Arborist Matthew Beatty surveys a stack of hemlock trees that blew down in the Lower Avatar Grove.

Arborist Matthew Beatty surveys a stack of hemlock trees that blew down in the Lower Avatar Grove.

Avatar Grove boardwalk damaged by windstorm

Lower grove closed until trail clearing and boardwalk repairs can be done

Winter storm damage has closed a portion of Port Renfrew’s famed Avatar Grove and delayed the opening of a recently completed boardwalk.

Hurricane-force winds ripped through the area on Oct. 15 resulting in 30 trees crashing down over the Avatar Grove Trail in the lower grove area, damaging sections of the boardwalk.

None of the grove’s famed ancient Western redcedars or Douglas fir fell during the storm.

The Ancient Forest Alliance completed the boardwalk a week before the storm, in a project that took three years and involved hundreds of volunteers.

“After anticipating the launch of the boardwalk’s completion, this is undoubtedly a bit of a disappointment and set back, but it’s only temporary,” said TJ Watt, the Ancient Forest Alliance’s coordinator of the boardwalk project.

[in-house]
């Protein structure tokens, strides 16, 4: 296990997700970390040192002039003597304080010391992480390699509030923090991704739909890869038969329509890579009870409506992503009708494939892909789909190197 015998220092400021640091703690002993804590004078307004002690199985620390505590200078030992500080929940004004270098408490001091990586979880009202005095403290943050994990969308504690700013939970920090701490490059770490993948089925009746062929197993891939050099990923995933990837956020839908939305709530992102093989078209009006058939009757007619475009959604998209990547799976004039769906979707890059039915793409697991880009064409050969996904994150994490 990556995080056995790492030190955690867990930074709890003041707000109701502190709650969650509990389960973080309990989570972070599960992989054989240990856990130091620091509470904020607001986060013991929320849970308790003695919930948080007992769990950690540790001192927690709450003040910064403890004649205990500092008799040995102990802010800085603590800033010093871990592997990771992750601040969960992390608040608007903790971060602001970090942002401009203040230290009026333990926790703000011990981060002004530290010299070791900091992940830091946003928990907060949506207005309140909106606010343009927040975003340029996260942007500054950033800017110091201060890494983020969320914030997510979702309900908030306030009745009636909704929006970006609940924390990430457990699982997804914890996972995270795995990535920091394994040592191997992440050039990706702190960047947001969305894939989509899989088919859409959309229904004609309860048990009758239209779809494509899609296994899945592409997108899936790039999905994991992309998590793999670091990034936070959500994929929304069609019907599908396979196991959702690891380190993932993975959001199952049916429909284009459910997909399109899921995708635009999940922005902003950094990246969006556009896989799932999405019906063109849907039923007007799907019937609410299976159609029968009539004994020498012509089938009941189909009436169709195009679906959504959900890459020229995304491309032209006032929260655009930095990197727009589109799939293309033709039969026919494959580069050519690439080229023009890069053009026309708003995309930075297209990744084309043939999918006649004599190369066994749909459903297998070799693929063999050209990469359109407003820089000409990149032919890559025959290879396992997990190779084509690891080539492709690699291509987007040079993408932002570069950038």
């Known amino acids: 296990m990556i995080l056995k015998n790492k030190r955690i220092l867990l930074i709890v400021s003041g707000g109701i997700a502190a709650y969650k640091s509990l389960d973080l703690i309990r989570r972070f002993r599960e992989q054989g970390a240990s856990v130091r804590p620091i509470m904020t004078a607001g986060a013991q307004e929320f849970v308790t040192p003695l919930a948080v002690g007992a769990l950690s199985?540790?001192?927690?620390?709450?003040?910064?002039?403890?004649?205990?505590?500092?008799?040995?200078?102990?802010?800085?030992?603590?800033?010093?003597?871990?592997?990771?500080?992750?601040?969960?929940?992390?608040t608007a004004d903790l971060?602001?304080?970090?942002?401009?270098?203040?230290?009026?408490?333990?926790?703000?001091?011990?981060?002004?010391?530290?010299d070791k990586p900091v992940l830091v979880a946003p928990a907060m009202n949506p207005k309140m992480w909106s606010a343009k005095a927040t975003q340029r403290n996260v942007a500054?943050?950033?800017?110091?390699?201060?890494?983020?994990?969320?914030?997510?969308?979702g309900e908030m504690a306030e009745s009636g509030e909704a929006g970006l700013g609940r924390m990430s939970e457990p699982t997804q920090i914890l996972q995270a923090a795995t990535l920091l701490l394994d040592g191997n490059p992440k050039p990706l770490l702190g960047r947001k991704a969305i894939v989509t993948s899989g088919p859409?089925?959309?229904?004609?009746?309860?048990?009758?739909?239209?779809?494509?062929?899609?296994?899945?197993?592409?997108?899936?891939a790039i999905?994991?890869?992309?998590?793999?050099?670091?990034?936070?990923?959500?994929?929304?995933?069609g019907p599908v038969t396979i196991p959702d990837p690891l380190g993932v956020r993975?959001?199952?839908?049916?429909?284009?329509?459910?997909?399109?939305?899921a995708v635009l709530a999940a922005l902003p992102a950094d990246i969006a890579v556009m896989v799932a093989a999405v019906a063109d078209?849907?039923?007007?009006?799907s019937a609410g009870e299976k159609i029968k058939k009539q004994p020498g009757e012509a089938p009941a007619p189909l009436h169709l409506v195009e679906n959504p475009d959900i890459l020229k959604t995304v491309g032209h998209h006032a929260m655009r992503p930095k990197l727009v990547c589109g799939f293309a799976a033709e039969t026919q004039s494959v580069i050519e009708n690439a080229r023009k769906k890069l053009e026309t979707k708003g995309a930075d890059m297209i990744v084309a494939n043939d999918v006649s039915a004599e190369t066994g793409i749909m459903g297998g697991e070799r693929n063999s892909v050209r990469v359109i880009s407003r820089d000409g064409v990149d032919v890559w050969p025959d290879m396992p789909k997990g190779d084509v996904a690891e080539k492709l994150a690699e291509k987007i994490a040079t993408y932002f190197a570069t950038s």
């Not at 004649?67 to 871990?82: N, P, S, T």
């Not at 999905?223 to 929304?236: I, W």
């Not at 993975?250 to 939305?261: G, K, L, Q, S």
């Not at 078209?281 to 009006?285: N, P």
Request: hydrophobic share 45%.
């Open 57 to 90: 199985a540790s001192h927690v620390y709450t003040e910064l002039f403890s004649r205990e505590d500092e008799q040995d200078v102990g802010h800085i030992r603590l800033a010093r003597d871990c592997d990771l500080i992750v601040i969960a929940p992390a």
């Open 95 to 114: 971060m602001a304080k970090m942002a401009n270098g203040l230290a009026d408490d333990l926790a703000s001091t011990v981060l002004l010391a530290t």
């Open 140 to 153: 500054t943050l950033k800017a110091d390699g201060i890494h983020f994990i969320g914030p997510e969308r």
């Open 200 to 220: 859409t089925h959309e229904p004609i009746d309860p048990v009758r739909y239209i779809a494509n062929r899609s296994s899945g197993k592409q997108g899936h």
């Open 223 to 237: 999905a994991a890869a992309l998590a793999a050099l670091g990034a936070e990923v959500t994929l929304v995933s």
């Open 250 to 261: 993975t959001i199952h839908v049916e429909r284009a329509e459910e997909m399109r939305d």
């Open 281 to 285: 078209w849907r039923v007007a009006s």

The Ancient Forest Alliance began construction of the Avatar Grove Boardwalk in 2013 to protect the tree roots and understory vegetation from excessive trampling, enhance visitor access and safety, and support the local eco-tourism economy.

Volunteers will work on the boardwalk over the fall and winter with an eye to reopening next spring.

The entrance to the lower Avatar Grove has been cordoned with no public access while the upper grove boardwalk remains open and in “decent condition,” Watt said.

A 20-minute drive from Port Renfrew, the Avatar Grove is one of the most spectacular and easily accessible stands of monumental old-growth trees in B.C., protected in 2012. Thousands of tourists from around the world now come to visit the Avatar Grove, hugely bolstering the regional economy with so-called Tall Tree Tourism.

“The Avatar Grove boardwalk’s real significance is to serve as an example for other communities that protecting old-growth forests is good for the economy, hugely supporting local businesses and jobs,” said Ken Wu, the Ancient Forest Alliance’s executive director.

“The Avatar Grove has been the most important catalyst in the movement to B.C.’s endangered old-growth forests in recent times.”

 

 

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